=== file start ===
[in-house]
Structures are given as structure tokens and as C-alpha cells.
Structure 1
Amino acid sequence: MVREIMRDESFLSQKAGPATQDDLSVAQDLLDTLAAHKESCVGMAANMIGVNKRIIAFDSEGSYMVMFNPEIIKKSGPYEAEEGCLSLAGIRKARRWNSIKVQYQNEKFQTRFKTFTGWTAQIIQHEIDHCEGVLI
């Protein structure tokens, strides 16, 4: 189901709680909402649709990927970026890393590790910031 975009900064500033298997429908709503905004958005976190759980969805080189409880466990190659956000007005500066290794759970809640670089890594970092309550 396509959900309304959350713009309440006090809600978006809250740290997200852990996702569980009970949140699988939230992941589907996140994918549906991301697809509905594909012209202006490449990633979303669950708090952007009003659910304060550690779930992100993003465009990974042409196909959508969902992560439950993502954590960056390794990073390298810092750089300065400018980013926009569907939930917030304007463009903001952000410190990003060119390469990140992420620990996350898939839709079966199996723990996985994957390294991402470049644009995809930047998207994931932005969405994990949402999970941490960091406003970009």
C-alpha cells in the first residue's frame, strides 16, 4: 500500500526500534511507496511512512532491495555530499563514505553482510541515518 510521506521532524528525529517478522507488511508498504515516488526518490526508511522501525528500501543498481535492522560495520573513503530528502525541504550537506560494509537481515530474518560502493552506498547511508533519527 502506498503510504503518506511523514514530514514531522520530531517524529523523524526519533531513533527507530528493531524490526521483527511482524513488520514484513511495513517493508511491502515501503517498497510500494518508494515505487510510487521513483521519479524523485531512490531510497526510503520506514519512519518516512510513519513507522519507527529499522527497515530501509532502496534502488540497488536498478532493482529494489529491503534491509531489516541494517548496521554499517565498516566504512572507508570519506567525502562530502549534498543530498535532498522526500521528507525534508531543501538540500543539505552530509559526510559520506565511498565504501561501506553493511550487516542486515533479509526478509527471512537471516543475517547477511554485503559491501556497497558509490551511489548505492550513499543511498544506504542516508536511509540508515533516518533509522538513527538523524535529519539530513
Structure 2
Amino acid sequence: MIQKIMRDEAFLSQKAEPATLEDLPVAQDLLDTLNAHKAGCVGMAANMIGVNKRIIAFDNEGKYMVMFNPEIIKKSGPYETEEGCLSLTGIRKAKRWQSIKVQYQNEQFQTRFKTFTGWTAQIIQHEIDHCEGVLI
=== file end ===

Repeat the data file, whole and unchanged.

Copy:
[in-house]
Structures are given as structure tokens and as C-alpha cells.
Structure 1
Amino acid sequence: MVREIMRDESFLSQKAGPATQDDLSVAQDLLDTLAAHKESCVGMAANMIGVNKRIIAFDSEGSYMVMFNPEIIKKSGPYEAEEGCLSLAGIRKARRWNSIKVQYQNEKFQTRFKTFTGWTAQIIQHEIDHCEGVLI
């Protein structure tokens, strides 16, 4: 189901709680909402649709990927970026890393590790910031 975009900064500033298997429908709503905004958005976190759980969805080189409880466990190659956000007005500066290794759970809640670089890594970092309550 396509959900309304959350713009309440006090809600978006809250740290997200852990996702569980009970949140699988939230992941589907996140994918549906991301697809509905594909012209202006490449990633979303669950708090952007009003659910304060550690779930992100993003465009990974042409196909959508969902992560439950993502954590960056390794990073390298810092750089300065400018980013926009569907939930917030304007463009903001952000410190990003060119390469990140992420620990996350898939839709079966199996723990996985994957390294991402470049644009995809930047998207994931932005969405994990949402999970941490960091406003970009």
C-alpha cells in the first residue's frame, strides 16, 4: 500500500526500534511507496511512512532491495555530499563514505553482510541515518 510521506521532524528525529517478522507488511508498504515516488526518490526508511522501525528500501543498481535492522560495520573513503530528502525541504550537506560494509537481515530474518560502493552506498547511508533519527 502506498503510504503518506511523514514530514514531522520530531517524529523523524526519533531513533527507530528493531524490526521483527511482524513488520514484513511495513517493508511491502515501503517498497510500494518508494515505487510510487521513483521519479524523485531512490531510497526510503520506514519512519518516512510513519513507522519507527529499522527497515530501509532502496534502488540497488536498478532493482529494489529491503534491509531489516541494517548496521554499517565498516566504512572507508570519506567525502562530502549534498543530498535532498522526500521528507525534508531543501538540500543539505552530509559526510559520506565511498565504501561501506553493511550487516542486515533479509526478509527471512537471516543475517547477511554485503559491501556497497558509490551511489548505492550513499543511498544506504542516508536511509540508515533516518533509522538513527538523524535529519539530513
Structure 2
Amino acid sequence: MIQKIMRDEAFLSQKAEPATLEDLPVAQDLLDTLNAHKAGCVGMAANMIGVNKRIIAFDNEGKYMVMFNPEIIKKSGPYETEEGCLSLTGIRKAKRWQSIKVQYQNEQFQTRFKTFTGWTAQIIQHEIDHCEGVLI